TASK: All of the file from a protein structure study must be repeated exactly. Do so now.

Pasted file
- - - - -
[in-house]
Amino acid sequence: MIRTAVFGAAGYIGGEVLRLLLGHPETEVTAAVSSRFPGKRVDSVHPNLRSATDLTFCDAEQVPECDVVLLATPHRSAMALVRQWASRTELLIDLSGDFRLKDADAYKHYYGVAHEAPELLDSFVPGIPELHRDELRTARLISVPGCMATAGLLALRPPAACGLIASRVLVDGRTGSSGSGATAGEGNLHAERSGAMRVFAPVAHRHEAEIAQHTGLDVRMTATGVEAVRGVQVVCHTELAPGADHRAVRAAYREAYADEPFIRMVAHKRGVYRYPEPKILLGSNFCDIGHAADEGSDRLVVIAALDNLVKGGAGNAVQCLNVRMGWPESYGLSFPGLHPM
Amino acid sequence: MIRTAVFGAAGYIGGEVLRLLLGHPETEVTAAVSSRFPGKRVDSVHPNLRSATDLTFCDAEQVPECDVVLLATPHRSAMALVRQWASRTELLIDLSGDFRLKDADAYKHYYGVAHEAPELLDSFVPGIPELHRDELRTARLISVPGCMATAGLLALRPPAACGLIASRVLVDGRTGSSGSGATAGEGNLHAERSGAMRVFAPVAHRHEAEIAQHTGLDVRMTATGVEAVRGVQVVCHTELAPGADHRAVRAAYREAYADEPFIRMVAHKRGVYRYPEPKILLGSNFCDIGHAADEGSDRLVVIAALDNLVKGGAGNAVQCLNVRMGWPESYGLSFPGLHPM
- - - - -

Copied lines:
[in-house]
Amino acid sequence: MIRTAVFGAAGYIGGEVLRLLLGHPETEVTAAVSSRFPGKRVDSVHPNLRSATDLTFCDAEQVPECDVVLLATPHRSAMALVRQWASRTELLIDLSGDFRLKDADAYKHYYGVAHEAPELLDSFVPGIPELHRDELRTARLISVPGCMATAGLLALRPPAACGLIASRVLVDGRTGSSGSGATAGEGNLHAERSGAMRVFAPVAHRHEAEIAQHTGLDVRMTATGVEAVRGVQVVCHTELAPGADHRAVRAAYREAYADEPFIRMVAHKRGVYRYPEPKILLGSNFCDIGHAADEGSDRLVVIAALDNLVKGGAGNAVQCLNVRMGWPESYGLSFPGLHPM
Amino acid sequence: MIRTAVFGAAGYIGGEVLRLLLGHPETEVTAAVSSRFPGKRVDSVHPNLRSATDLTFCDAEQVPECDVVLLATPHRSAMALVRQWASRTELLIDLSGDFRLKDADAYKHYYGVAHEAPELLDSFVPGIPELHRDELRTARLISVPGCMATAGLLALRPPAACGLIASRVLVDGRTGSSGSGATAGEGNLHAERSGAMRVFAPVAHRHEAEIAQHTGLDVRMTATGVEAVRGVQVVCHTELAPGADHRAVRAAYREAYADEPFIRMVAHKRGVYRYPEPKILLGSNFCDIGHAADEGSDRLVVIAALDNLVKGGAGNAVQCLNVRMGWPESYGLSFPGLHPM